Image B Sound C+ Extras D+
"The Gang Gets Racist," "Charlie Wants an Abortion," "Underage Drinking: A National Concern," "Charlie Has Cancer," "Gun Fever," "The Gang Finds a Dead Guy," "Charlie Got Molested," "Charlie Gets Crippled," "The Gang Goes Jihad," "The Gang Gives Back," "Dennis and Dee Go On Welfare," "Mac Bangs Dennis' Mom," "The Gang Runs for Office," "Hundred Dollar Baby," "Charlie Goes America All Over Everybody's Ass," "The Gang Exploits a Miracle," "Dennis and Dee Get a New Dad"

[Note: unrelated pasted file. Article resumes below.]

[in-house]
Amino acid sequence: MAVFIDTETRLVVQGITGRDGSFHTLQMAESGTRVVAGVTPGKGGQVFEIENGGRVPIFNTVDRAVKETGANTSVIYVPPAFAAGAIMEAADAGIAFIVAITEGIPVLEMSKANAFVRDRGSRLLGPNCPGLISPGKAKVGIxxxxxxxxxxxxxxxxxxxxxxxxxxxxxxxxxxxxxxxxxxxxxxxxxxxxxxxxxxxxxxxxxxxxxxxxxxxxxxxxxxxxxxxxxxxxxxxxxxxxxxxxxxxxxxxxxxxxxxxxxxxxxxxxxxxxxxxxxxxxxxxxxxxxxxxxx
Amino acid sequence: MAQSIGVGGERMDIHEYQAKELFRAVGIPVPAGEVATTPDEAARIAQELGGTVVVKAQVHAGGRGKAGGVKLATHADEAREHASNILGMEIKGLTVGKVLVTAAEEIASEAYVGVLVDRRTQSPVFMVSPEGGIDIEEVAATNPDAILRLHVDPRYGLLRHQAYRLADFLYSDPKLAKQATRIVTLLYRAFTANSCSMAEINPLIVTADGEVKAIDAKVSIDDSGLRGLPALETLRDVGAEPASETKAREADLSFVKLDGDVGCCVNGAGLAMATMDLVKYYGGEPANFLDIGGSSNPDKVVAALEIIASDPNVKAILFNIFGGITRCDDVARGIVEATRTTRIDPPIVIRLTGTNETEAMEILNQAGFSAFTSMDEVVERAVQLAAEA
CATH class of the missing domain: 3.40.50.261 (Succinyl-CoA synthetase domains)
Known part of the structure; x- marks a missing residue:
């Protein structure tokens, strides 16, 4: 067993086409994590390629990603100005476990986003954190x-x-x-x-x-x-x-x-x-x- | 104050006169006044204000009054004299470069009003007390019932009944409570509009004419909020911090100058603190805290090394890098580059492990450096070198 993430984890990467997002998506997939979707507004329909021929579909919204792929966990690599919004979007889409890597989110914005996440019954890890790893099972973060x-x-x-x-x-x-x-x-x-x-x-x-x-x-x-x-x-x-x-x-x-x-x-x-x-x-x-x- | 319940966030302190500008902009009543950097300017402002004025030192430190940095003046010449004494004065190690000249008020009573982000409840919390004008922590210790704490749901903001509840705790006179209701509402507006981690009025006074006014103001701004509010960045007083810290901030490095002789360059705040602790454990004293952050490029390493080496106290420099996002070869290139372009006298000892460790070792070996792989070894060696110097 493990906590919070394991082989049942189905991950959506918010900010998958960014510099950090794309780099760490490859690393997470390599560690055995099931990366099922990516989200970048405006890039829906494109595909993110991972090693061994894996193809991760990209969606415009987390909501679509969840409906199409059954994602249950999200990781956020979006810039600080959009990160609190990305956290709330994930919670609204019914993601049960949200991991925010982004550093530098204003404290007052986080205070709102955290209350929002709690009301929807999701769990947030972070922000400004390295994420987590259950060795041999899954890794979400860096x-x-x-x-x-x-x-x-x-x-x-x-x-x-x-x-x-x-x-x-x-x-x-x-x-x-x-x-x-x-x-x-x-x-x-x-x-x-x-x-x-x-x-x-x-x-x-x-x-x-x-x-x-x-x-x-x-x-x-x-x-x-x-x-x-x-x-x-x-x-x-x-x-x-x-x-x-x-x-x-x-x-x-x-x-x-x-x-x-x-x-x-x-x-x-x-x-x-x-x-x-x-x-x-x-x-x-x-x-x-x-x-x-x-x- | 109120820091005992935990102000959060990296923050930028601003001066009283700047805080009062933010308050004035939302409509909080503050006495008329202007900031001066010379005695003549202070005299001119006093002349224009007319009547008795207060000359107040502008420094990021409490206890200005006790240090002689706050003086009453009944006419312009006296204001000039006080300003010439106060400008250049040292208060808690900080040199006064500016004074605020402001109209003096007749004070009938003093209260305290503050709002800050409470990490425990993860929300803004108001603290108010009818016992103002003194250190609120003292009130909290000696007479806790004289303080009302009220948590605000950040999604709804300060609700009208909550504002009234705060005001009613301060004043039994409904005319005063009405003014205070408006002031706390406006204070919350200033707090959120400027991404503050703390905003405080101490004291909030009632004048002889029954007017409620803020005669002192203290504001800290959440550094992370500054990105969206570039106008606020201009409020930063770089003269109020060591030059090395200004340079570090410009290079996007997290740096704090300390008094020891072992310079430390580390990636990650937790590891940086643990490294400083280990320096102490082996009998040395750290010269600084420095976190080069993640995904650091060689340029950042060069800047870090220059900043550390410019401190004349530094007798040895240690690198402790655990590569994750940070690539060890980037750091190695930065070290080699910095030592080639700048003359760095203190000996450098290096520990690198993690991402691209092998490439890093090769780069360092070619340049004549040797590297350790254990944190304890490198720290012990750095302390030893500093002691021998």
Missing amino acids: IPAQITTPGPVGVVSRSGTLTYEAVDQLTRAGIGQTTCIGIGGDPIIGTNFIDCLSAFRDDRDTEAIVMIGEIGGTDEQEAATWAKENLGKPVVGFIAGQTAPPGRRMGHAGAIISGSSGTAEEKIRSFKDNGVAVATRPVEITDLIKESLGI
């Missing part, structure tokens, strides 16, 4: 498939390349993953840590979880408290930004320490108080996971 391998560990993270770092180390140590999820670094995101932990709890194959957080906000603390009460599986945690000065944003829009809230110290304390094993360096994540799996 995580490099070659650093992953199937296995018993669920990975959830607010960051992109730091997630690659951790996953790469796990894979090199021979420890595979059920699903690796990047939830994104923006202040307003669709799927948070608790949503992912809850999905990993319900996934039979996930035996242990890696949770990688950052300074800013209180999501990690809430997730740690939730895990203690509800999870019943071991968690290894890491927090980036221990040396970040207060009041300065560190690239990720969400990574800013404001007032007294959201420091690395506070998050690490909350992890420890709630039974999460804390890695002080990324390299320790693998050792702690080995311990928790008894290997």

by Ian Pugh When confronted with the inescapable, unfunny vacuum that is Carlos Mencia, I used to tell people I hated that which was self-consciously controversial. I soon realized, though, that any property that genuinely pushes the envelope has to be aware of its material on some level; it's probably more accurate to say I hate that which features controversy as its only selling point. Hostel Part II's DVD cover may sport an obnoxious stamp guaranteeing that it is "shocking and explicit," but the film puts those qualities to use in a capitalist redux of The Wicker Man. "The Sarah Silverman Program." may touch on taboo subjects, but it does so to question the self-aggrandizing persona of its star. Then you've got "It's Always Sunny in Philadelphia" (hereafter "Sunny"), which parades the horrible actions of its lead characters as if they meant something on their own, believing that its toe-in-the-water venture into forbidden territory exempts it from criticism. Take a long, hard look at the episode list above, and know that just about every teaser sequence in "Sunny"'s first two seasons is followed by a smash cut to one of those titles--and in this brief moment, find everything you need to know about the episode and its comedic trajectory. The quality of the writing itself is ultimately summed up by the subsequent opening-credits montage showcasing the various sights and non-sights of Philly by night. While personal experience dictates that sunny days and dispositions are indeed hard to come by in that city, the fact that the series must directly invert the implications of its name reeks of desperation to have its weak antics seen as darkly ironic.